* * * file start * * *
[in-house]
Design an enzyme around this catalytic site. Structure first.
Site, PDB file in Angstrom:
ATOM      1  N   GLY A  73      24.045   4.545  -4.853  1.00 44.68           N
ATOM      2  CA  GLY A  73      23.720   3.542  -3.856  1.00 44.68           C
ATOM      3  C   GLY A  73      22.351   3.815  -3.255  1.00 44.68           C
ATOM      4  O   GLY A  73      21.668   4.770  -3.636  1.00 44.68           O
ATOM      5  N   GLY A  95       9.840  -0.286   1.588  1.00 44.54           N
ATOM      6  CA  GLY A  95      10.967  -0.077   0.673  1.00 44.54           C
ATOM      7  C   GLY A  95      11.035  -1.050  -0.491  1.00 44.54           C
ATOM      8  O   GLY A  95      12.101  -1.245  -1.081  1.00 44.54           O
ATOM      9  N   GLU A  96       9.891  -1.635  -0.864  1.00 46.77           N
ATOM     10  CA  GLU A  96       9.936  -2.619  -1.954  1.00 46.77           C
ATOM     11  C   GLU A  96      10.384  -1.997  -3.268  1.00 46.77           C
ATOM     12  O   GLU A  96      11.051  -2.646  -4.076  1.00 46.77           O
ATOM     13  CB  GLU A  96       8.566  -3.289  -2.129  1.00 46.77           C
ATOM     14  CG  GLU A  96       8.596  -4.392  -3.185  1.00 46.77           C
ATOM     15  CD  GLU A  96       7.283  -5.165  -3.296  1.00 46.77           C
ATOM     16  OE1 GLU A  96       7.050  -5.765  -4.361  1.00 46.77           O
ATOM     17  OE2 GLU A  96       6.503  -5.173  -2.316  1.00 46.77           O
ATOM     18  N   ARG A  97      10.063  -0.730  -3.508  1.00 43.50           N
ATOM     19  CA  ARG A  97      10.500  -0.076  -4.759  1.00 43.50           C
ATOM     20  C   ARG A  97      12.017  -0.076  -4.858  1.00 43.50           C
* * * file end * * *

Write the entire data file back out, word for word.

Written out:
[in-house]
Design an enzyme around this catalytic site. Structure first.
Site, PDB file in Angstrom:
ATOM      1  N   GLY A  73      24.045   4.545  -4.853  1.00 44.68           N
ATOM      2  CA  GLY A  73      23.720   3.542  -3.856  1.00 44.68           C
ATOM      3  C   GLY A  73      22.351   3.815  -3.255  1.00 44.68           C
ATOM      4  O   GLY A  73      21.668   4.770  -3.636  1.00 44.68           O
ATOM      5  N   GLY A  95       9.840  -0.286   1.588  1.00 44.54           N
ATOM      6  CA  GLY A  95      10.967  -0.077   0.673  1.00 44.54           C
ATOM      7  C   GLY A  95      11.035  -1.050  -0.491  1.00 44.54           C
ATOM      8  O   GLY A  95      12.101  -1.245  -1.081  1.00 44.54           O
ATOM      9  N   GLU A  96       9.891  -1.635  -0.864  1.00 46.77           N
ATOM     10  CA  GLU A  96       9.936  -2.619  -1.954  1.00 46.77           C
ATOM     11  C   GLU A  96      10.384  -1.997  -3.268  1.00 46.77           C
ATOM     12  O   GLU A  96      11.051  -2.646  -4.076  1.00 46.77           O
ATOM     13  CB  GLU A  96       8.566  -3.289  -2.129  1.00 46.77           C
ATOM     14  CG  GLU A  96       8.596  -4.392  -3.185  1.00 46.77           C
ATOM     15  CD  GLU A  96       7.283  -5.165  -3.296  1.00 46.77           C
ATOM     16  OE1 GLU A  96       7.050  -5.765  -4.361  1.00 46.77           O
ATOM     17  OE2 GLU A  96       6.503  -5.173  -2.316  1.00 46.77           O
ATOM     18  N   ARG A  97      10.063  -0.730  -3.508  1.00 43.50           N
ATOM     19  CA  ARG A  97      10.500  -0.076  -4.759  1.00 43.50           C
ATOM     20  C   ARG A  97      12.017  -0.076  -4.858  1.00 43.50           C